More than ever, that’s exactly what we need to do as marketers. Today, we don’t just compete for audience time against our product competitors. We compete with any podcast or video show that might claim an audience’s time on their phone or on the web. We face superpowered foes. We can’t just fire up a microphone and/or a camera, stick it in front of a charming individual, and hope to hang.

Hence, the need for a documented strategy. (YAHTZEE!)

Subscribers to our newsletter, MSR Monthly, receive a full show bible template they can use as part of our welcome sequence of emails. If you’re interested, you can join for free. (You’ll be in good company with subscribers from companies like Red Bull, Salesforce, Mailchimp, Shopify, Roku, Adobe, the BBC, LinkedIn, and thousands of SMBS and startups.)

Let’s dive into just a few of the many component parts of a show bible…

A show is just three core pieces, when you really distill it down: a show-level concept, an episode-level format, and talent. Having a strategy and thinking critically across all three make or break the program you’ll create. We’ve talked before on MSR about the role a great host plays, how to craft interviews that extract amazing content, and how world-class talent like Terry Gross, Howard Stern, Kara Swisher, Conan O’Brien, and Bill Simmons conduct interviews. For the rest of today’s exploration, however, we’ll focus on the other two component parts: the show-level concept and the episode-level format. We’ll also add one additional key piece from the show bible: how to craft the feel of your show, which is articulated by an exercise called the “show cross.”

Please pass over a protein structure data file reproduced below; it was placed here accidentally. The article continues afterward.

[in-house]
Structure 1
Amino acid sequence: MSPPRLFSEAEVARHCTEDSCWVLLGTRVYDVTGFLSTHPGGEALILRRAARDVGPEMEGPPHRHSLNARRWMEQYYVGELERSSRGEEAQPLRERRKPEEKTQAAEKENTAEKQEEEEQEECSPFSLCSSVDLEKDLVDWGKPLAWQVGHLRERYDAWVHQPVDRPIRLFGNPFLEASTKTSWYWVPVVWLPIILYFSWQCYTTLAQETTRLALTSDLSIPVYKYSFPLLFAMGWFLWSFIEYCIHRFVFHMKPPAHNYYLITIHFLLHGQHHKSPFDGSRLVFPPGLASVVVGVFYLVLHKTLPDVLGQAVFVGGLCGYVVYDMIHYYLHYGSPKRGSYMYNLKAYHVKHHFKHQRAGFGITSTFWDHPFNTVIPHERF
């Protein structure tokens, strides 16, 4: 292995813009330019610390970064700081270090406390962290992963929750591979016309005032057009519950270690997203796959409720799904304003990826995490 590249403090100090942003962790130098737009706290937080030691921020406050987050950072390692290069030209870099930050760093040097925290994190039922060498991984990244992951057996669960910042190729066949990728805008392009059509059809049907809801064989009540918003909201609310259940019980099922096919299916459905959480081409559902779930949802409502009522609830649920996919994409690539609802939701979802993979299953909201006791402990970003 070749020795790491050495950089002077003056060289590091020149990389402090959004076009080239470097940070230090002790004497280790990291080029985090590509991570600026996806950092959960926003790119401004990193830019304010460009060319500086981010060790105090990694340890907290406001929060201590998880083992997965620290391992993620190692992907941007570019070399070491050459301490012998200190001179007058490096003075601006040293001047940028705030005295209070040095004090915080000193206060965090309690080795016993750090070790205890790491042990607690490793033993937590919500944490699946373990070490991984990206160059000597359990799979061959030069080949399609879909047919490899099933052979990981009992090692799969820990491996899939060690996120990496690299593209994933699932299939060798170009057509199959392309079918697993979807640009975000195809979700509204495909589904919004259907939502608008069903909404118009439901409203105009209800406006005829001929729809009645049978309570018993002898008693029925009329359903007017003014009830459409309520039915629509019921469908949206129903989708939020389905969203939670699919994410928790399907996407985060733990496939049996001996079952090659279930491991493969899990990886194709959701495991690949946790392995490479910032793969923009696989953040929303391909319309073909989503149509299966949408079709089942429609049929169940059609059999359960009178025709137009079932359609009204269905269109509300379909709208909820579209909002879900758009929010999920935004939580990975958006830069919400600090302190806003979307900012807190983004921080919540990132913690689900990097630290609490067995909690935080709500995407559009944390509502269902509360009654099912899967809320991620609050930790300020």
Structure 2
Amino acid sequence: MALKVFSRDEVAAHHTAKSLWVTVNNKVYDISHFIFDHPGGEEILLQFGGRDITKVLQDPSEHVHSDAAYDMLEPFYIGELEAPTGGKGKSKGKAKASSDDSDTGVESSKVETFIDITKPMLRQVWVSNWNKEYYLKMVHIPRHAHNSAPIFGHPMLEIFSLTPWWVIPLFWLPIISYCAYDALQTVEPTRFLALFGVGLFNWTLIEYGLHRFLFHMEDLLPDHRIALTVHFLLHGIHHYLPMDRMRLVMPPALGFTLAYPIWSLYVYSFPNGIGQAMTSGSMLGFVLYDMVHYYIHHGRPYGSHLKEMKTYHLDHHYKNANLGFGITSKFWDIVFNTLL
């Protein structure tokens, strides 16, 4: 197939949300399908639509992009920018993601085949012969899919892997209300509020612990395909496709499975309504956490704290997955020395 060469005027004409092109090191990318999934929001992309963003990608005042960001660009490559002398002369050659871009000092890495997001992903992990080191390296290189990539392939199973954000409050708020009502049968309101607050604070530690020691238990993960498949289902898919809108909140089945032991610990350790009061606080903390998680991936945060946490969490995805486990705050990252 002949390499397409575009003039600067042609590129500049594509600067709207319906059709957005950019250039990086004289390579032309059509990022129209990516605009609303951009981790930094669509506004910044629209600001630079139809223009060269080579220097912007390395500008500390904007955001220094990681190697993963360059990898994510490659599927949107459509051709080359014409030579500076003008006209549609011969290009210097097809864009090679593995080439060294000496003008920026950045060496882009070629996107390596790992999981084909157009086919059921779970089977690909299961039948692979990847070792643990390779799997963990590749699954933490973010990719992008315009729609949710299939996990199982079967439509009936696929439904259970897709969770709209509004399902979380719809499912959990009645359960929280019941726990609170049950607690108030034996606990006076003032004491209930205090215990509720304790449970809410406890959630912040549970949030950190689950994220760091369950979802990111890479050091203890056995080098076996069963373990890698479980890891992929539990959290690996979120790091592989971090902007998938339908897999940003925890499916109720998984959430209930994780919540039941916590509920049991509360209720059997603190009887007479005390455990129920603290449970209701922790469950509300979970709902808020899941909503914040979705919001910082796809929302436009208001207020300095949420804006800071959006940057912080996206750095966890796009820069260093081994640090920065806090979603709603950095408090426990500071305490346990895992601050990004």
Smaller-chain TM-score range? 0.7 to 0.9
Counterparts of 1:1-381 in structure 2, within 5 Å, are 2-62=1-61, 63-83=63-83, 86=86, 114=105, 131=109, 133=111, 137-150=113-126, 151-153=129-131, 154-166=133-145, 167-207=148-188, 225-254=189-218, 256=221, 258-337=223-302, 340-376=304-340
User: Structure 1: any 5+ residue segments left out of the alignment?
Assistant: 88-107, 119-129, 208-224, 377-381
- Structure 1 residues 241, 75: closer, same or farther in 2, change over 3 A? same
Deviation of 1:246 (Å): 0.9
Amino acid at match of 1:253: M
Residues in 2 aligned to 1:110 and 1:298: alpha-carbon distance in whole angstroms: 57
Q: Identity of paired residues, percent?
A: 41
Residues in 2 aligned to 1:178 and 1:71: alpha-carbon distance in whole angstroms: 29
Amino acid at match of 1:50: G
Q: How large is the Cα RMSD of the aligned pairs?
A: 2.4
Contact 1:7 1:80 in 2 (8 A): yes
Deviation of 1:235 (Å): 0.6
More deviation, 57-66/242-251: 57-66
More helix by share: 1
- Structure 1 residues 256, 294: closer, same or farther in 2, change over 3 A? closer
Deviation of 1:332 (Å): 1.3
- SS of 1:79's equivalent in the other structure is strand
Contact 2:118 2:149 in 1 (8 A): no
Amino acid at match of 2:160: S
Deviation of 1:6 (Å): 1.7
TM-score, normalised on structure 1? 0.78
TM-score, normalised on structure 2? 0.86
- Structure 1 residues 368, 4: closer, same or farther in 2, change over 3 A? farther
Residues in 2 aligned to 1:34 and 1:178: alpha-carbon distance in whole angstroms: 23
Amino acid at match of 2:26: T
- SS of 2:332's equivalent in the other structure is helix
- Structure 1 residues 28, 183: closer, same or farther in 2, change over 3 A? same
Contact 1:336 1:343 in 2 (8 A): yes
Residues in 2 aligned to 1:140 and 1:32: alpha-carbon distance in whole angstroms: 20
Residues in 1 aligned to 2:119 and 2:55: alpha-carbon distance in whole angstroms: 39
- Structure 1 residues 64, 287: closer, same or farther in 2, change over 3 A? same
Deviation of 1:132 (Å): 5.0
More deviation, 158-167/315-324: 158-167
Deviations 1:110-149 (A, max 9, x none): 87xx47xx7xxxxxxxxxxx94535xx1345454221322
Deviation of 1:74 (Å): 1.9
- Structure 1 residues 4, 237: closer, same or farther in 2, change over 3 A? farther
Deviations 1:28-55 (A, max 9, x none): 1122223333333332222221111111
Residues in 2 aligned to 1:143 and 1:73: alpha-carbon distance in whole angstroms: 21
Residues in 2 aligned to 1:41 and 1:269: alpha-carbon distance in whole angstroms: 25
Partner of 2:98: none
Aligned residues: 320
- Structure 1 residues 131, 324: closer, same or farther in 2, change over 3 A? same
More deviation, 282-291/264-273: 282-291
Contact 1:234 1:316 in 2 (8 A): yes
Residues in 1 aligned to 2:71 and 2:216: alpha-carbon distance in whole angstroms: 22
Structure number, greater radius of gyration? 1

The Show Concept: How Audiences Self-Select You Above All

First, a show needs a concept. This is your hook, the shorthand for what makes your show compelling, what you’re exploring, and how. Author, speaker, and video showrunner Andrew Davis defines a hook as a twist on a familiar theme designed to catch and hold your attention. For instance, the Gimlet Media podcast Science Vs has an incredible hook, which helps them compete in a saturated space. Even the name reveals it: They pit scientific facts against everything else.

A hook not only helps others stop in their tracks and select our shows. They help us make better decisions, giving us a lens or angle through which we can explore even the most rote topics. Hundreds of podcasts explore, say, organic foods as a topic — but not like Science Vs. That show explores how most people understand the concept, then explores the science and research, before declaring a winner. Was popular understanding even close to knowing the truth? How well do mainstream ideas around the topic stack up to the science?